Adaptive Action Sports - Amy Purdy

Amy Purdy -- Adaptive Action Sports

An artist and competitive snowboarder, Amy Purdy dreamt of spending her adult years traveling the world and snowboarding. But at the age of 19, after a day of experiencing flu-like symptoms, Purdy was rushed to the hospital in a state of septic shock and diagnosed with bacterial meningitis, a deadly blood infection. After fighting for her life for nearly three months, Purdy lost all kidney function and both legs below the knees. None of this, however, stopped her from pursuing her dreams.

“After I lost my legs, all I wanted to do was snowboard again,” Purdy said. “I remember spending an entire year on the computer, looking for ‘adaptive snowboarders’ or ‘snowboard legs’ or ‘adaptive snowboard schools’ or just something that I could connect to. I already knew how to snowboard—I just needed to find the right legs.”

While Purdy acknowledges there were “tons” of information available on adaptive skiing, cycling and running, she found nothing tailored towards the more extreme sports that she loved. “I kind of had to figure stuff out on my own and get myself snowboarding competitively again,” she said. “I went through all types of different legs to try to learn which were going to work for me. Luckily I was able to figure it out.”

Shortly after having resolved her own search for adaptive equipment, Purdy partnered with friend Daniel Gale to develop Adaptive Action Sports (AAS), an organization for fellow extreme sports enthusiasts who have disabilities. “Daniel’s mom is a nonprofit consultant,” Purdy said, “so she really encouraged us to start up a nonprofit organization. We weren’t too sure what was going to come out of it at first, but once we were founded, we easily fell into a great niche. Now it’s kind of taken on a life of its own.”

It wasn’t long before that life quickly began influencing the lives of athletes who, like Purdy, were unwilling to accept a future without sports. Another of Purdy’s friends—actor and professional skater Jason Lee—also contributed to the cause. “Jason decided to throw us a big fundraiser to just kind of kick things off,” Purdy said. “We raised quite a bit of money from that event, which was able to kind of just get us going. From there, we started sponsoring a couple of action sport programs.”

When Brent Kummerle—a professional rock-climber and friend of Purdy and Lee—organized a three-day event for amputees and wheelchair users, he received a financial contribution from the steadily-growing AAS. The following year, the United States of America Snowboard Association (USASA) opened an adaptive class as part of its national competition, the largest snowboard competition in the world.

This expansion of adaptation marked something of a personal victory for Purdy. When she had attended the national event in previous years, she found “it was just me and a couple of other random people who showed up to compete in the adaptive division. So we decided if we marketed this event better, and if we made it more affordable, more people would show up and attend.”

Her efforts paid off. Purdy estimates that, in the first year after her marketing push, the event had 15 adaptive snowboarders. The next year boasted 20. “We’re hosting and promoting and taking over that adaptive division, helping the numbers grow,” Purdy said. “We’ve really fine-tuned it. We’ve done that every year.”

These days, the visibility of Purdy and AAS is so significant that athletes regularly seek her out. “We get e-mails every day from people around the world, or right here within our country,” Purdy said. “They relate to what we’re doing and relate to the people involved, since we’re all really active and we don’t let anything stop us. Every time we bring on a new athlete, that person becomes one of our closest friends. It’s pretty cool.”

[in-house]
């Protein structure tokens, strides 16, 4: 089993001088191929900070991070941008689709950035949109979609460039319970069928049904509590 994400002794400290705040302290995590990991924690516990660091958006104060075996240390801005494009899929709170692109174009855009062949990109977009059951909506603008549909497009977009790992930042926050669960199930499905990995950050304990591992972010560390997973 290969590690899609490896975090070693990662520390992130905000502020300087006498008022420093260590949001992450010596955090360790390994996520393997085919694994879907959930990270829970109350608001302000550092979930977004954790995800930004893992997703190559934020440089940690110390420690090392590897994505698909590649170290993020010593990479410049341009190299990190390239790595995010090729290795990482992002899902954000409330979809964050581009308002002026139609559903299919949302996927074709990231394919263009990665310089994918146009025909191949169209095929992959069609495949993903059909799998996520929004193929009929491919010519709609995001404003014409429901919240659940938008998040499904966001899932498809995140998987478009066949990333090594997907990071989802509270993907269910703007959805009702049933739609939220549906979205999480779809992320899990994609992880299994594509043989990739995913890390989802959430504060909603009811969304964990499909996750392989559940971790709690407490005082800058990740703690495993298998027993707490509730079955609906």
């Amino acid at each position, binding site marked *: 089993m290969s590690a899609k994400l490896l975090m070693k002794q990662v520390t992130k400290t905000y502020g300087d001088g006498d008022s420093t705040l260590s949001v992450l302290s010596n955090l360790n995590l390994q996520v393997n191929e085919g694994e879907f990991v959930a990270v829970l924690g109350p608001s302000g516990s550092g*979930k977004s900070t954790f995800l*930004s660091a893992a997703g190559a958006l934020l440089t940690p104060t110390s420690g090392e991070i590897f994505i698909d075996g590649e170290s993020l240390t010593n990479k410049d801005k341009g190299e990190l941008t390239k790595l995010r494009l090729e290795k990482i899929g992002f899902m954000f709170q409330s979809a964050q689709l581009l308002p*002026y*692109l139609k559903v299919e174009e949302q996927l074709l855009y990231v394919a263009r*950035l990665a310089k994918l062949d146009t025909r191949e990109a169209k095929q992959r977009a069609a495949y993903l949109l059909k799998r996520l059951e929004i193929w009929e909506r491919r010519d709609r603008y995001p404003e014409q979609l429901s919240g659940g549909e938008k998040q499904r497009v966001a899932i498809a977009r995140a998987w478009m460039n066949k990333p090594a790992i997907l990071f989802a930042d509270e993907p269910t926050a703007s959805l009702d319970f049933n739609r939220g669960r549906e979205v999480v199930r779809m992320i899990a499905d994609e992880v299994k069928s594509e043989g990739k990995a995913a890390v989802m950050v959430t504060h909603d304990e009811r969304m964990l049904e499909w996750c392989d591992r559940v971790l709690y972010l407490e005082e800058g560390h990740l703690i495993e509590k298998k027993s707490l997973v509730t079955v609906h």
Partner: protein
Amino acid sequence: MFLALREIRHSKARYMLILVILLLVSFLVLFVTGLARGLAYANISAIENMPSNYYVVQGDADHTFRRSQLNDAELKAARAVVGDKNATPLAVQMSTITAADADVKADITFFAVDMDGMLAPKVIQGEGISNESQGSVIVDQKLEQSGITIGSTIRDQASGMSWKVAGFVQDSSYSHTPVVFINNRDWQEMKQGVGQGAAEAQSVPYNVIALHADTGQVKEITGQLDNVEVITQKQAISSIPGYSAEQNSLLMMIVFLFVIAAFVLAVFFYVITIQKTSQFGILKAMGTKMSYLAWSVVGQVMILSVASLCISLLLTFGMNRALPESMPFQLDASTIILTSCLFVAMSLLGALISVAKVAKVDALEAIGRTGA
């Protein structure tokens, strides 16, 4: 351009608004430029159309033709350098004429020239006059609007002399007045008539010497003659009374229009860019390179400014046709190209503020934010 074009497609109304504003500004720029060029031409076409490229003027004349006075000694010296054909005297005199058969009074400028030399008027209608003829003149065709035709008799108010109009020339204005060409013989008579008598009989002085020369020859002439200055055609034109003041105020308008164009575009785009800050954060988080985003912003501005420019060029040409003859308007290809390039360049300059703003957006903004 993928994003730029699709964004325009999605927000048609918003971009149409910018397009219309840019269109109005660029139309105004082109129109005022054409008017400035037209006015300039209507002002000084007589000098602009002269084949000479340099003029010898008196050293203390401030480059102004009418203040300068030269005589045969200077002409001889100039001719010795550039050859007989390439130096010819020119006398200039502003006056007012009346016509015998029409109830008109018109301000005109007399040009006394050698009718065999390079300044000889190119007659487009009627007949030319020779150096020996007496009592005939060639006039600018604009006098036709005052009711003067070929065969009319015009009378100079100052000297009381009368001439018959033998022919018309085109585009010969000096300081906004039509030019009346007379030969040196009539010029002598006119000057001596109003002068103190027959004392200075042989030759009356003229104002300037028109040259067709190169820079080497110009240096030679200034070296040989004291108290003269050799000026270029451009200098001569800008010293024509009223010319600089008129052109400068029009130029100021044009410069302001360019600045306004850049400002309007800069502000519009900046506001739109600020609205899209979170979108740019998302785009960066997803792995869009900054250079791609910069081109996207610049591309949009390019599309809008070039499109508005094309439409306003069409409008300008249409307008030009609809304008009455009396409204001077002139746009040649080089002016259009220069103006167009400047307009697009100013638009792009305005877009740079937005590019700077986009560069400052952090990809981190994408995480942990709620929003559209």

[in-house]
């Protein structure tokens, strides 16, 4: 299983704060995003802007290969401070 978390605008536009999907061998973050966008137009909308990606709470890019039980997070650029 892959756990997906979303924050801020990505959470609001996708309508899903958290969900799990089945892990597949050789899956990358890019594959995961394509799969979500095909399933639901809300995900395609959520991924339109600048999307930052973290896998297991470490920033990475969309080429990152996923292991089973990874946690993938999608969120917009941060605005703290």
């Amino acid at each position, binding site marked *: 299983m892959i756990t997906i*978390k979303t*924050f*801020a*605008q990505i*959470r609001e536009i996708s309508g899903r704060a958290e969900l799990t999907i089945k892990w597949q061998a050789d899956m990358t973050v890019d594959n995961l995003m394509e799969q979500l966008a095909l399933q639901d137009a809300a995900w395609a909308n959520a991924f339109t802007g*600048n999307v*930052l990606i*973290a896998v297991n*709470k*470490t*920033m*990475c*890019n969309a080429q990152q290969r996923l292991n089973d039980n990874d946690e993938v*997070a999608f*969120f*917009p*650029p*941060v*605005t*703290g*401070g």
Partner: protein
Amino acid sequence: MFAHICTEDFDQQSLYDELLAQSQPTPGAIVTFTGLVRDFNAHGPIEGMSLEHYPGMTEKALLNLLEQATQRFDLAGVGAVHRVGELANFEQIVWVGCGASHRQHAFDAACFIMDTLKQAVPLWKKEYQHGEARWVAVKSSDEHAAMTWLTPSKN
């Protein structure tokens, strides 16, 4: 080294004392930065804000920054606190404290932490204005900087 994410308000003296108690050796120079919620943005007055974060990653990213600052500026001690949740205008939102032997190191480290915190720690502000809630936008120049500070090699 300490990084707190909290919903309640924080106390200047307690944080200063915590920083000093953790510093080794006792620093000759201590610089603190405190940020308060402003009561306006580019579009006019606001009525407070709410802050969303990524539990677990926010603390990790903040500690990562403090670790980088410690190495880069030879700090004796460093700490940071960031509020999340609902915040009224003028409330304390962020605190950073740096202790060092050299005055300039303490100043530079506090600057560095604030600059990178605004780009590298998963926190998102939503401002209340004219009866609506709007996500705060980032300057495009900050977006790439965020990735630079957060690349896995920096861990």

Purdy’s joy and support for her athletes were obvious at the recent X Games in Los Angeles, an event that now features paraplegic and adaptive events for Moto X, skateboarding and BMX. During the preliminary runs for the Moto X event, Purdy positioned herself at the starting line, not just as a sign of encouragement, but to make sure enough help was available in case one of her athletes went down.

“For me, it’s hard for me to just sit back in the stadium and watch,” Purdy said. “I feel like I need to be down there on the dirt and totally involved. Blood, sweat, and tears go into our organization and our events. It’s a nurturing instinct. I love these athletes so much, and when one of them goes down, I’m ready to drop whatever I’ve got and run out there and help..... continued in ABILITY Magazine
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Articles in the Greg Louganis Issue; Ashley’s Column — Bringing Home the Gold; Sen. Tom Harkin — Where Are the Jobs?; Renne Gardner — Running With My Son; The Pearls — Stories That Demand to Be Heard; Amy Edwards — A Living Special Effect; Adaptive Sports — Getting Back in the Game; X Games Uncovered — Taking the Inside Track; Cityzen — A Whole New Voice in Rock and Roll; Adaptive Sailing — Finding Your Sea Legs; Greg Louganis — Still Diving Into Life; HIV and AIDS — Battling a Fatal Disease; Bad Boys — Cracking Down on Discrimination; Healthy Hoops — Take Your Best Shot ; ABILITY's Crossword Puzzle; Events and Conferences... subscribe

Excerpts from the Greg Louganis Oct/Nov 2010 Issue:

Greg Louganis — Interview

The Pearls — Stories That Demand to Be Heard

Adaptive Action Sports — Getting Back in the Game

X Games Uncovered — Taking the Inside Track

Toby Forrest with the Band Cityzen

Renne Gardner — Running With My Son

Healthy Hoops — Take Your Best Shot

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